Whether you're worried about the way your legs look, or the pain that you're going through, there's a new treatment for varicose veins.
Pain in Jack Miller’s (name changed to protect privacy) left leg led him to the doctor.
"The muscles have been real tight. I have to keep it elevated all the time, even at work," Miller said.
Just a few years ago, Miller would have had to have a major operation because of a problem with his valve system, and an ulcer on his ankle. His blood is not flowing correctly through his veins due to the faulty valves which allow the blood to flow downwards, which is the wrong direction. This is the condition known as venous reflux disease, and in many people it is the main cause of varicose veins. Today, however, Miller can have his condition treated as an outpatient, and be back to his normal activities the same day.
"Varicose veins are very common and under diagnosed, especially in the female population," says Dr. Meghal Antani, of the Southern Maryland Vascular Institute (SMVI).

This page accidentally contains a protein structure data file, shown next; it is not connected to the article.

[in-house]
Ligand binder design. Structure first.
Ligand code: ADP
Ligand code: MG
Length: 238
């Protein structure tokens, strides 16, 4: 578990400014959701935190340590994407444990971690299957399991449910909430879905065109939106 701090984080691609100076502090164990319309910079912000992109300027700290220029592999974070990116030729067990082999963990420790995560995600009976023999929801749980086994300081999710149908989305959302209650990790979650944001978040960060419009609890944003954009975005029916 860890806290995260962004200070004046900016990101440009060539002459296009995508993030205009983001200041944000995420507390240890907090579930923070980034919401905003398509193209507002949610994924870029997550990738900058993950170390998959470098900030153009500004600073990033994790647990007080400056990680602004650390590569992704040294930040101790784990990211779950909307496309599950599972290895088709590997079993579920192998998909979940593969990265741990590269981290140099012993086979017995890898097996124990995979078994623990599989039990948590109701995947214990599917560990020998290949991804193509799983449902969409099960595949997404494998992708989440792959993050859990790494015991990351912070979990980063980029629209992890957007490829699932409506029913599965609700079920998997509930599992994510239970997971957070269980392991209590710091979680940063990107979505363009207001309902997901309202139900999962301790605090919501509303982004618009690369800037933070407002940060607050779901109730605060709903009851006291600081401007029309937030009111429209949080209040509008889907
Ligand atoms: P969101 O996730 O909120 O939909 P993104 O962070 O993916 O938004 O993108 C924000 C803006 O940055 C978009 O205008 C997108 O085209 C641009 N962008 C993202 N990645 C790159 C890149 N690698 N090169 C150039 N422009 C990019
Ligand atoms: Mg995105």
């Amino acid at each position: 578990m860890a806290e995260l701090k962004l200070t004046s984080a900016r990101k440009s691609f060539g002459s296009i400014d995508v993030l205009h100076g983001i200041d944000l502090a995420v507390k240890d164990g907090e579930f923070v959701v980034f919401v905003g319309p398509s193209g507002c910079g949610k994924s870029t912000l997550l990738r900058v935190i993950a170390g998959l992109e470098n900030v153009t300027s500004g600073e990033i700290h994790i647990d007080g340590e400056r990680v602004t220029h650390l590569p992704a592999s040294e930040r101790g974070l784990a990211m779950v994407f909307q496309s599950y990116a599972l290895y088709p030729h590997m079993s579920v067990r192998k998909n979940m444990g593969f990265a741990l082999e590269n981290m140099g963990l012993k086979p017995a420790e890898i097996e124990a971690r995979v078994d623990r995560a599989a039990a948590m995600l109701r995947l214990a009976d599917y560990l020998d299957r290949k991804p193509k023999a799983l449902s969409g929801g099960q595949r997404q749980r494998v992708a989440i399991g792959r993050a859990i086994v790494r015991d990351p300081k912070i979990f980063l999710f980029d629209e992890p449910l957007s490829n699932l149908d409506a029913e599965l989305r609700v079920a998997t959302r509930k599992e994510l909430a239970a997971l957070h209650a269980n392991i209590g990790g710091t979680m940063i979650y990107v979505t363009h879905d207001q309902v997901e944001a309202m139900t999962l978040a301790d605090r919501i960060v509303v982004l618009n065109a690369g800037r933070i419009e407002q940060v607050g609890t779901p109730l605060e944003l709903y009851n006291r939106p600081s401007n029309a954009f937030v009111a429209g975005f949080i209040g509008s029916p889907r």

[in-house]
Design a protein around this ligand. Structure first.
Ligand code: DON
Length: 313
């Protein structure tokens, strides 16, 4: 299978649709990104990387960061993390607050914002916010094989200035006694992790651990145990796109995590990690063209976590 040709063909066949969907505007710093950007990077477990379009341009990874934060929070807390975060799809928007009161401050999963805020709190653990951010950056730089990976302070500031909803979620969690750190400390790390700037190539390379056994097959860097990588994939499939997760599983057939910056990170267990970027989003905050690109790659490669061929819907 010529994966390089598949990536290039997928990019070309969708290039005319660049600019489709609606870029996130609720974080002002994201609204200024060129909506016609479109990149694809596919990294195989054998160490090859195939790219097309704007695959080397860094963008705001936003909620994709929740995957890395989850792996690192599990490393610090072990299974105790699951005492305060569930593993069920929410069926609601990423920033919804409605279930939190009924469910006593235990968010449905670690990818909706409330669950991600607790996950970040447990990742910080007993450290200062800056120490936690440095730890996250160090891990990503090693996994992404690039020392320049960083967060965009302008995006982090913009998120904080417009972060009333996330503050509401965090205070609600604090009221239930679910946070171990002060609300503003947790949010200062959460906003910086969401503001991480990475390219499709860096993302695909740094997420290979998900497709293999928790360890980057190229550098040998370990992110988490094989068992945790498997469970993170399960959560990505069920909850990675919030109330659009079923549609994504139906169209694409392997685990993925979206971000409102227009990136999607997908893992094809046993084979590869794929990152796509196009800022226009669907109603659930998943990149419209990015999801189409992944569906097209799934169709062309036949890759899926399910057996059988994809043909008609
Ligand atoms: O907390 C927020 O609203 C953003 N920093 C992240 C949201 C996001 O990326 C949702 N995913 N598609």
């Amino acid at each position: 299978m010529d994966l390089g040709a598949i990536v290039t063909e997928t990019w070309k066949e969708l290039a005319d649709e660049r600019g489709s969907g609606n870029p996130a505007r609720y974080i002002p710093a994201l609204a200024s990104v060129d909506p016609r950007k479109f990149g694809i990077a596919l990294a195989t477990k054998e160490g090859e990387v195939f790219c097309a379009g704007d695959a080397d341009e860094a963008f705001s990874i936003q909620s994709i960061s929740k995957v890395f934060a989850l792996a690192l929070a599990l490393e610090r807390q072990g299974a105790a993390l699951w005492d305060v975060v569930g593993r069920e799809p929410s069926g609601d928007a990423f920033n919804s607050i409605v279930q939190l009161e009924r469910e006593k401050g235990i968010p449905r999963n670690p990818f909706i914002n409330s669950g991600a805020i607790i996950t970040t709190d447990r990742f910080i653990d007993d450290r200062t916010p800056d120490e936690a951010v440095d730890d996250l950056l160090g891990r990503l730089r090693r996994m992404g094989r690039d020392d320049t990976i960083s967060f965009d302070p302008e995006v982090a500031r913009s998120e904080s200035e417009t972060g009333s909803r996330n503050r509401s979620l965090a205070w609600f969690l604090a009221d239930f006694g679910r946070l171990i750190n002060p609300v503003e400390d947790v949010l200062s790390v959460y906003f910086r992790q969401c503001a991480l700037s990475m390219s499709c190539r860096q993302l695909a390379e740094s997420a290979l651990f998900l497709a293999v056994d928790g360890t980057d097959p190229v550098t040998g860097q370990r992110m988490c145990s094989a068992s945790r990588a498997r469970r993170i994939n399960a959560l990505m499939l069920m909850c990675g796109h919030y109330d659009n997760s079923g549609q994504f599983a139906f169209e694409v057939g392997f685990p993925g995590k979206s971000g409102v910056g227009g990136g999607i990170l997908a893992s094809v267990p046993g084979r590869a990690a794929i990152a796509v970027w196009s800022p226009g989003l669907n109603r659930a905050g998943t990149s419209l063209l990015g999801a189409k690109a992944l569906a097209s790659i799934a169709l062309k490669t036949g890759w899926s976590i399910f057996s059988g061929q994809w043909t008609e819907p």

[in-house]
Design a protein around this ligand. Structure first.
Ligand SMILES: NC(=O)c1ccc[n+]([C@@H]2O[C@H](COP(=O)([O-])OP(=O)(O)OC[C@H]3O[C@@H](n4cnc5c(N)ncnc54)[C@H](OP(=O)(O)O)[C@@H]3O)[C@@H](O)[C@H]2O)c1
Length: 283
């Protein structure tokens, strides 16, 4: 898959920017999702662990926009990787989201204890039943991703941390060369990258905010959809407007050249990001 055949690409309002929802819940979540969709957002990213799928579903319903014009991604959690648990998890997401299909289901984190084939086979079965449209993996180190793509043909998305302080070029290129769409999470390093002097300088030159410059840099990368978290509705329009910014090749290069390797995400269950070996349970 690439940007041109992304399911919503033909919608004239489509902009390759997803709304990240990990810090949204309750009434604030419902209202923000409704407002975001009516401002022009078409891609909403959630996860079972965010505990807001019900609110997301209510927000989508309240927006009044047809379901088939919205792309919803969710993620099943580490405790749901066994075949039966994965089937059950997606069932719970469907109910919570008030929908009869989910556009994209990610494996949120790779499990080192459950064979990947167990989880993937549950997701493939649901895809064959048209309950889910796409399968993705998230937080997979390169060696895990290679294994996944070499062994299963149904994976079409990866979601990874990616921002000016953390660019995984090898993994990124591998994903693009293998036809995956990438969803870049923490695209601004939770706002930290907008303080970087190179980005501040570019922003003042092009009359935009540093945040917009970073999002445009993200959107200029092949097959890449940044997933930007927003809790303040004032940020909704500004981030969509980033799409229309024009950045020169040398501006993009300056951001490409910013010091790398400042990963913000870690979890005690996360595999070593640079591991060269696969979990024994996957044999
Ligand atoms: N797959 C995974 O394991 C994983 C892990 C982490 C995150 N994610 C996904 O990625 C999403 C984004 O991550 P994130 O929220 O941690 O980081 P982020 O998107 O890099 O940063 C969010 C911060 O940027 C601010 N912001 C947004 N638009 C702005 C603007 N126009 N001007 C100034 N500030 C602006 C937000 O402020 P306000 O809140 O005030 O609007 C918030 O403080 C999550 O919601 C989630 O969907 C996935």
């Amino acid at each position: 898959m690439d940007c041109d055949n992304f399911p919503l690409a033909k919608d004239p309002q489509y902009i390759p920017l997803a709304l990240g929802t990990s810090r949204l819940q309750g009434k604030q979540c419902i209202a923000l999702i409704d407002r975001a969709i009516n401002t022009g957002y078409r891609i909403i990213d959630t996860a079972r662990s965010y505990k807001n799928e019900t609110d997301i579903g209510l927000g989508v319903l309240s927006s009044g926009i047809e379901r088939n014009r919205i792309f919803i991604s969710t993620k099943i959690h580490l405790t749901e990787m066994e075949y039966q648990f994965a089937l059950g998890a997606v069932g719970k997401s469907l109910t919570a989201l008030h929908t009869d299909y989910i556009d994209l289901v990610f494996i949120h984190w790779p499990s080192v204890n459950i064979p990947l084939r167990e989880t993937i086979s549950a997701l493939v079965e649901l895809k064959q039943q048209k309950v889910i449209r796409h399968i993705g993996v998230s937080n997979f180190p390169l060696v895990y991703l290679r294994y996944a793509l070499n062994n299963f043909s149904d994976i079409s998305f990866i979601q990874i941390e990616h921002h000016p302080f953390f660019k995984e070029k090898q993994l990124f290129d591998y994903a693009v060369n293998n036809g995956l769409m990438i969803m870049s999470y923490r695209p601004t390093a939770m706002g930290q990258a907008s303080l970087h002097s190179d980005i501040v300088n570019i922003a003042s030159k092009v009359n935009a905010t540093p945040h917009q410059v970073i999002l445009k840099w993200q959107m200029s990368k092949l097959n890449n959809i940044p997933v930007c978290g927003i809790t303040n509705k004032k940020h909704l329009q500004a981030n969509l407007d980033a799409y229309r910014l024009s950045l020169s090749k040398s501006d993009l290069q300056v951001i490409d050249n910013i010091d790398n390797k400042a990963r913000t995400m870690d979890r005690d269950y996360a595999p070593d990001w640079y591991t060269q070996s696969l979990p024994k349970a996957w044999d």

Doctors used to rely on a traditional vein stripping procedure that didn't always work to cure the unsightly condition. Now, there's a new, less invasive procedure called Closure Fast and it takes only minutes.
"We insert a catheter inside the vein under ultrasound guidance," Dr. Antani said.
At the tip of the catheter is a coil of wire that emits radiofrequency energy to create heat. When heated, the vein closes up, stopping blood flow to the varicose veins.
"If we eliminate this bad valve system by the procedure we're doing today, it will re-route the blood to the good system, therefore allowing that ulcer to heal," Dr. Antani said.
There's little down time after this procedure, results are better than conservative measures such as wearing compression stockings, and the chance of varicose veins coming back is very low.
Closure Fast can be used to treat serious conditions that are a result of venous reflux disease, such as leg swelling and ulcers, and it can be used for cosmetic reasons as well.
Miller went through the procedure Friday morning, and his doctor expects him to be back at work Monday. "I'd like to be able to play golf on both legs, because basically when I go now, I have to play with the right leg and use the left for balance," Miller said.
Doctors said this procedure is usually covered by your health insurance providers.